UPDATED: Chancellor Alistair Darling has confirmed plans to support suppliers struggling with a reduction in credit insurance but key trade bodies have criticised the scheme for not going far enough.
The government will introduce a top up scheme to add match cover from insurers, to help businesses that have been impacted by cuts in insurance cover.
The scheme will provide up to £5 billion of extra insurance as port of the Working Capital Scheme to help mitigate cash flow problems.
“We welcome the fact that the government has taken the issue seriously, however from what we have heard, it is too little.”
BCIA chief executive John Wilson
From May 1 until December 31 this year, business will be able to buy six months of “top up” insurance from the government. The scheme only applies to credit reductions suffered from April 1 this year, and businesses which have had credit cover withdrawn completely will not be eligible.
Business secretary Peter Mandelson said: “This scheme will provide a much needed breathing space for businesses suffering as a result of the reduction in trade credit insurance.”
Mandelson added: “We will not prop up bad businesses or take unacceptably high risks, but will provide targeted support to address specific challenges that businesses are facing and helping maintain supply chains.”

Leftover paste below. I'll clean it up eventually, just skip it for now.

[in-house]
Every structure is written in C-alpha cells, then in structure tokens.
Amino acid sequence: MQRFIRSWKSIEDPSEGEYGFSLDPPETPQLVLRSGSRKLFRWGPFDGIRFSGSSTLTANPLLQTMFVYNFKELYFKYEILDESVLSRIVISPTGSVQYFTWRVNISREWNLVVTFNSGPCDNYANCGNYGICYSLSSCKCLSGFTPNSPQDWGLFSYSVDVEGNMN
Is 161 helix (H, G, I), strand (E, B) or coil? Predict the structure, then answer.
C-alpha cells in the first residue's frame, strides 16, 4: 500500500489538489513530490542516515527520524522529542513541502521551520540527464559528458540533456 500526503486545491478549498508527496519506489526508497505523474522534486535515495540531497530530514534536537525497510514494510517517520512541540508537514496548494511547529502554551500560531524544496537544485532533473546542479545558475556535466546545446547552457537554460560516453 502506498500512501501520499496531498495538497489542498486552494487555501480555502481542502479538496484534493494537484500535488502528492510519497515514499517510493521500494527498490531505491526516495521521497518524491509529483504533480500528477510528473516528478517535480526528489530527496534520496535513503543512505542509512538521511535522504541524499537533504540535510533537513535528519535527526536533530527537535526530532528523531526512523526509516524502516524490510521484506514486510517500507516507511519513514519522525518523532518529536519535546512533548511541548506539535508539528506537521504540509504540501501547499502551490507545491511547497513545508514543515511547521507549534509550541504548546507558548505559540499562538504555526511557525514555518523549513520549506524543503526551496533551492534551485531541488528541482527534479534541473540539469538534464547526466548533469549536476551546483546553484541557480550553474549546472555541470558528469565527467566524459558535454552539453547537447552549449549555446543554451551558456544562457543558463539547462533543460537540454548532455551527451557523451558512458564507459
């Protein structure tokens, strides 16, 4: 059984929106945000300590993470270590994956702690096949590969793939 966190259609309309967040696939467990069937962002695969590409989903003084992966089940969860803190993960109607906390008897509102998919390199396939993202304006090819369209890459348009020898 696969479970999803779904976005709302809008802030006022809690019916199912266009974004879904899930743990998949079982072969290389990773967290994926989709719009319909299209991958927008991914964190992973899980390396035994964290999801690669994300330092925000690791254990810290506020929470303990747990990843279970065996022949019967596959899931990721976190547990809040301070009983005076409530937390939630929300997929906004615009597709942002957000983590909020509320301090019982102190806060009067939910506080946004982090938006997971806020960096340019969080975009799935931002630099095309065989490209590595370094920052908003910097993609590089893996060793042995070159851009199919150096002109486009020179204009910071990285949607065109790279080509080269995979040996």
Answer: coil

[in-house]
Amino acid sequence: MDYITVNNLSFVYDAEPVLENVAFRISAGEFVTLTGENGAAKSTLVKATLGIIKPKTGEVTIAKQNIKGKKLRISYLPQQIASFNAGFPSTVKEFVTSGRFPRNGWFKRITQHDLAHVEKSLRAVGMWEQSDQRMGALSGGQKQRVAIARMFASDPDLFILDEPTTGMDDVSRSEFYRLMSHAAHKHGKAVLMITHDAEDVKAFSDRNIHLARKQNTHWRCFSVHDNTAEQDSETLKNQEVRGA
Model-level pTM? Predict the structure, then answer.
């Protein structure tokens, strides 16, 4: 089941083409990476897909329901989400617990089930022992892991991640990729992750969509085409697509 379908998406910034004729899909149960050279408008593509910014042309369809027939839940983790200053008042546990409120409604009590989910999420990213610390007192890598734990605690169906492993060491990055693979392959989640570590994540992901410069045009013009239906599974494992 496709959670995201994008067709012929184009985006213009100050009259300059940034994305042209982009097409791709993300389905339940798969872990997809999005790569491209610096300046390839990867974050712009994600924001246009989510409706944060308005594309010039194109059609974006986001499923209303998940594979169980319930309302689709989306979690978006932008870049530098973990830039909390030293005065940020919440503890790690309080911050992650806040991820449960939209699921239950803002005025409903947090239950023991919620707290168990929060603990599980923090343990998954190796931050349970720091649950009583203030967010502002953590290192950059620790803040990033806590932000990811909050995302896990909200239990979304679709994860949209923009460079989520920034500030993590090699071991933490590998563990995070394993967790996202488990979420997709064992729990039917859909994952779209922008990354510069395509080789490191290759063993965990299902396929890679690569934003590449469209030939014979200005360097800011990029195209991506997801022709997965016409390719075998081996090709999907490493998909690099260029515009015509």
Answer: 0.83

He added that the scheme was a “transistional measure” to help businesses facing short term problems.
The scheme follows lobbying by retailers and retail bodies, including the British Clothing Industry Association (BCIA), supported by a Drapers campaign, who have been severely impacted by the reduction in cover.
However, British Clothing Industry Association [BCIA] director John Wilson said that the measures did not go far enough. He said: “We welcome the fact that the government has taken the issue seriously, however from what we have heard, it is too little. But we will need to see the detail.”
Jane Milne, British Retail Consortium (BRC) business director, added: “A ‘top-up’ scheme is much needed but this is too little too late. Matching the trade credit insurance that private insurers are willing to provide is vital to helping fundamentally sound businesses weather the recession. But the unannounced detail confirms this safety net will be denied to companies whose cover was cut before April 1 meaning the plight of many [retailers] is being ignored.”
She added: “For retailers to survive and keep people in work they need to keep shelves stocked with the goods customers want. Insurers began removing cover as the downturn started to bite this time last year. The government’s scheme should apply from then.”
British Shops and Stores Assocation chief executive John Dean added: “At first glance there is nothing in the budget for the high street or anything that is going to benefit retailers at all.”
The Chancellor also announced other measures to help businesses. He said that loss-making companies would be able to reclaim tax on the last three years.
He also confirmed the reduction in VAT, from 17.5% to 15%, will run to December. He gave not detail on what will happen to the rate of VAT beyond Christmas.
Separately Darling said that he expected in economy to return to growth by the end of the year. He predicted that the economy would grow by 1.25% in 2010.
Darling also predicted that the Retail Price Index would be -3% by next September.